I’ve spent a lot of time over the last year trying to figure out the best advice I can give my kids to help them figure out what it is that they want to do with the rest of their life. A lot of the advice lately is use the time you have now wisely. You can try 100 different things in the next 5 to 10 years and fail at all but 1 of them and end up being both happy and successful (side note: we have also had the conversation about measuring success on your own terms and not on someone else’s or society’s, etc). There are all sorts of negatives that have come along with the invention of adolescence so you might as well take advantage of one of the benefits: people (read “grown-ups”) expect you to make mistakes.
And so comes this article into my Facebook feed last night: Productivity And The Education Delusion. The author has tried to tie together a whole bunch of themes in one (relatively) brief article: Piketty’s new book, code camps, and the proliferation of bullshit jobs. Its a good summary of a number of issues, but in the end I’m not sure what the author is calling for other than a general call to arms for fellow start ups to figure it out.
The only section that really got my spidey senses tingling was the mention of job specific training in grade school. I’m all for giving people real skills that will enable them to produce things. The key question is who chooses? Far too many of these school to work schemes involve a magic sorting test that tell you what you are good at and then
force you into strongly suggest you pursue training for that profession. For school to work programs to actually produce results that are beneficial to those being schooled, they have to select their own path. The idea that John Taylor Gatto puts forth in one of his books comes to mind when explaining the differences between text books and “real” books:
One way to see the difference between schoolbooks and real books like Moby Dick is to examine different procedures which separate librarians, the custodians of real books, from schoolteachers, the custodians of schoolbooks. To begin with, libraries are usually comfortable, clean, and quiet. They are orderly places where you can actually read instead of just pretending to read.
For some reason libraries are never age-segregated, nor do they presume to segregate readers by questionable tests of ability any more than farms or forests or oceans do. The librarian doesn’t tell me what to read, doesn’t tell me what sequence of reading I have to follow, doesn’t grade my reading. The librarian trusts me to have a worthwhile purpose of my own. I appreciate that and trust the library in return.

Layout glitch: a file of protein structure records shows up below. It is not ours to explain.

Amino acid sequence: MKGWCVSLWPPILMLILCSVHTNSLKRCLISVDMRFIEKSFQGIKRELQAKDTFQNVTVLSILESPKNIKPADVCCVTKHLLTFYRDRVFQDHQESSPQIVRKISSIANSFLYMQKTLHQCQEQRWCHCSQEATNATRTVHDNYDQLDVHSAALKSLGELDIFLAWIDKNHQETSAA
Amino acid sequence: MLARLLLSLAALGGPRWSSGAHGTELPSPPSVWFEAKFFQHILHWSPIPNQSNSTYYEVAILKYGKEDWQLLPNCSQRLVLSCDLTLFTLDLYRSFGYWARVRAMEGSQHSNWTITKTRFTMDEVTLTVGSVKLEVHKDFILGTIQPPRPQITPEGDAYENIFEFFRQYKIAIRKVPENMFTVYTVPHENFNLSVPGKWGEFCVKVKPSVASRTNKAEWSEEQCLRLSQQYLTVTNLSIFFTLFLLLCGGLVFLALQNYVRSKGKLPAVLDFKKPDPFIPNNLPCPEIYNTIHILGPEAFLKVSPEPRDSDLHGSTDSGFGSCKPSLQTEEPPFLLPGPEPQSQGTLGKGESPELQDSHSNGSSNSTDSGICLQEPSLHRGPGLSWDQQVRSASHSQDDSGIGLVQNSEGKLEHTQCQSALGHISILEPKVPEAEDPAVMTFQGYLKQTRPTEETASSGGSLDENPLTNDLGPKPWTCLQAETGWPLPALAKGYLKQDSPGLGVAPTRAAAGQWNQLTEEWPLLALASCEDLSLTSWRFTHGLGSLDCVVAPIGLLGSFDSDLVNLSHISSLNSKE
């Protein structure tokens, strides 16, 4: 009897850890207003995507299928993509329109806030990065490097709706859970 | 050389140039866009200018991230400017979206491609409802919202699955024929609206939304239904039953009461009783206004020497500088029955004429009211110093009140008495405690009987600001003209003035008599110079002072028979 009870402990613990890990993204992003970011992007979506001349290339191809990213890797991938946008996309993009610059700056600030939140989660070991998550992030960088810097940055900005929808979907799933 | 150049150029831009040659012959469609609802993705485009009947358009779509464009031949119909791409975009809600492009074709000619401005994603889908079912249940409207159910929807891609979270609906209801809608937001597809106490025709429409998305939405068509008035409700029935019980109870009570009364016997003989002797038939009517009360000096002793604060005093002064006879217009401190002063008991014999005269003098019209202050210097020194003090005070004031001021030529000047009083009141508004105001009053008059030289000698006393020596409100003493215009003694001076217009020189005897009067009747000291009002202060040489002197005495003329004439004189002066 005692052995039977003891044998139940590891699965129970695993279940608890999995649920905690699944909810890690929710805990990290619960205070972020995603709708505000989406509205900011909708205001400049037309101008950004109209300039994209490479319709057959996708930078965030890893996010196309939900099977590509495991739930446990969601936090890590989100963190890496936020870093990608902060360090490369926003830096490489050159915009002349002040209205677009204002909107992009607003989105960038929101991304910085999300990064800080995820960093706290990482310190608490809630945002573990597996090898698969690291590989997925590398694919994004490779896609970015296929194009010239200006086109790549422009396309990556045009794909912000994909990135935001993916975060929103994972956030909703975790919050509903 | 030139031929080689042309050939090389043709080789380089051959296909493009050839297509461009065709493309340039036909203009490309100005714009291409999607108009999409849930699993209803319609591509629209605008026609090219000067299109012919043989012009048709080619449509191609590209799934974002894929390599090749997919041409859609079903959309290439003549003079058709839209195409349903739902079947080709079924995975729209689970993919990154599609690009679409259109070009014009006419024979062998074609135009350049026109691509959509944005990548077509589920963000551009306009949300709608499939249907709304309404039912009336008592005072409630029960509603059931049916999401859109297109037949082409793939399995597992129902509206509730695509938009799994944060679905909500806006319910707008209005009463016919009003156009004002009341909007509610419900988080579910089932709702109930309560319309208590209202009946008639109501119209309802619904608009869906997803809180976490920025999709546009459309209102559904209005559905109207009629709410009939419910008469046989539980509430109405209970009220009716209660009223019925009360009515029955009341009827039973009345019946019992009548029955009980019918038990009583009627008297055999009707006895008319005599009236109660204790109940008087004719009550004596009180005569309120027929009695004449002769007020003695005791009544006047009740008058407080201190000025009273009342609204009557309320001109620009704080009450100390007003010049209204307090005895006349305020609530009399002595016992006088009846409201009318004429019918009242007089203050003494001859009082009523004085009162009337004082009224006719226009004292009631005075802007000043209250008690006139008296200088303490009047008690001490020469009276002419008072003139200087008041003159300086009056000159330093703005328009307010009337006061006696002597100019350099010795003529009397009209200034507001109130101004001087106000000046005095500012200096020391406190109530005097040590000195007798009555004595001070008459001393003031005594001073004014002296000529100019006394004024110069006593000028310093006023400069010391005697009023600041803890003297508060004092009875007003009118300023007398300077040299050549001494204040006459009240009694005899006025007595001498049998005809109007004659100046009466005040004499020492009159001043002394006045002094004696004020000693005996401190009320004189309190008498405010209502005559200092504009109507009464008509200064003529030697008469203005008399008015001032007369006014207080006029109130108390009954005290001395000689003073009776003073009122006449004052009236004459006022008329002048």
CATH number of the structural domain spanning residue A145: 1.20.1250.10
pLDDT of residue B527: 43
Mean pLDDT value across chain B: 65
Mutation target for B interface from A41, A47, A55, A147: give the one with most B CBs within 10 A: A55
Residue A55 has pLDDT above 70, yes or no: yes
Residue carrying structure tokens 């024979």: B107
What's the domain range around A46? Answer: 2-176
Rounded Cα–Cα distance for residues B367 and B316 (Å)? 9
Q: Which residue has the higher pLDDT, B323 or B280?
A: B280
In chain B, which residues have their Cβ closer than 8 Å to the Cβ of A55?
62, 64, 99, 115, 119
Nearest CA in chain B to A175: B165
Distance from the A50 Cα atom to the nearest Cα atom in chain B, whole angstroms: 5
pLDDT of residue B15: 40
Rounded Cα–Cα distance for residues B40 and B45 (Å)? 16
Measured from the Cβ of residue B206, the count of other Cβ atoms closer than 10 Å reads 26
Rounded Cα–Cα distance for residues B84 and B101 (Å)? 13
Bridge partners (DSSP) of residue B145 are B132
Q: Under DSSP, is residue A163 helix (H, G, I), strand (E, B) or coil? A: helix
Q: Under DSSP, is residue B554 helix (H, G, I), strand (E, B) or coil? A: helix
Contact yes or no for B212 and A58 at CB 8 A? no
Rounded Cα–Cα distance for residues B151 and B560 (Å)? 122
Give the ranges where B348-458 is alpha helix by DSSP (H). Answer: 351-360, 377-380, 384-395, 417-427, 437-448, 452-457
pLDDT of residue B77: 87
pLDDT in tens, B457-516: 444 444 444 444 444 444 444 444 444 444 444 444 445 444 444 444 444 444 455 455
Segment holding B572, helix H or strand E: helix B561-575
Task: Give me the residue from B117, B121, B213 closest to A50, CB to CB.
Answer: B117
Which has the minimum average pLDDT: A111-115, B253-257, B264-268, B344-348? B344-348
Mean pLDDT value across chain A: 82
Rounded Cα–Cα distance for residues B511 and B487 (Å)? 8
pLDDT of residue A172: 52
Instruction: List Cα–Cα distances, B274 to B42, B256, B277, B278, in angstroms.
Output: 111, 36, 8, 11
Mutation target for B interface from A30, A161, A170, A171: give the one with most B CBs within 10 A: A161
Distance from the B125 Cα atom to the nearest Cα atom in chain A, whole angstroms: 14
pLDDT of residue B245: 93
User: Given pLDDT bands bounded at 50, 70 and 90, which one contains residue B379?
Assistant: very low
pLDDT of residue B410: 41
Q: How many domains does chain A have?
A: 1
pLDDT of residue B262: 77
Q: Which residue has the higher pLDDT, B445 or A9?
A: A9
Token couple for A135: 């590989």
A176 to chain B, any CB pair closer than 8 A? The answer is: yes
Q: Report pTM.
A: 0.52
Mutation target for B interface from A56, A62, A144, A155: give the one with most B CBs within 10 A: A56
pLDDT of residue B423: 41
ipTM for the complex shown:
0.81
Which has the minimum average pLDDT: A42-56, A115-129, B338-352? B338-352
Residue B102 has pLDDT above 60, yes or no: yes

Some other significant differences between libraries and schools: the librarian lets me ask my own questions and helps me when I want help, not when she decides I need it. If I feel like reading all day long, that’s okay with the librarian, who doesn’t compel me to stop at intervals by ringing a bell in my ear. The library keeps its nose out of my home. It doesn’t send letters to my family, nor does it issue orders on how I should use my reading time at home.
The library doesn’t play favorites; it’s a democratic place as seems proper in a democracy. If the books I want are available, I get them, even if that decision deprives someone more gifted and talented than I am. The library never humiliates me by posting ranked lists of good readers. It presumes good reading is its own reward and doesn’t need to be held up as an object lesson to bad readers. One of the strangest differences between a library and a school is that you almost never see a kid behaving badly in a library.
The library never makes predictions about my future based on my past reading habits. It tolerates eccentric reading because it realizes free men and women are often very eccentric. Finally, the library has real books, not schoolbooks. I know the Moby Dick I find in the library won’t have questions at the end of the chapter or be scientifically bowdlerized. Library books are not written by collective pens. At least not yet.
Letting people choose their own path (having more libraries and fewer schools is one way to let this happen) is a good start. But there is something more fundamental that I think is necessary. The author talks about the arms race between automation and education – and points to the fact that education has been loosing for at least a few decades. This assumes that the only valuable work for people to do is task oriented – build this engine, make this hamburger, send this email.
Tasks are of course important to actually getting work done, but getting the right work done requires first deciding what to do. What kind of engines do people want? Are burgers the best thing to make right now? What should the email say to get people to read it and respond? This work is much harder to automate but it also requires more than just training. It requires true education, which brings forth a person’s innate abilities, and an ability to think critically, using the lost disciplines of grammar, logic and rhetoric. School to work is fine (as long as each student gets to pick their own training), but everyone should first have the opportunity to learn how to think. That’s one job that can’t be automated (yet).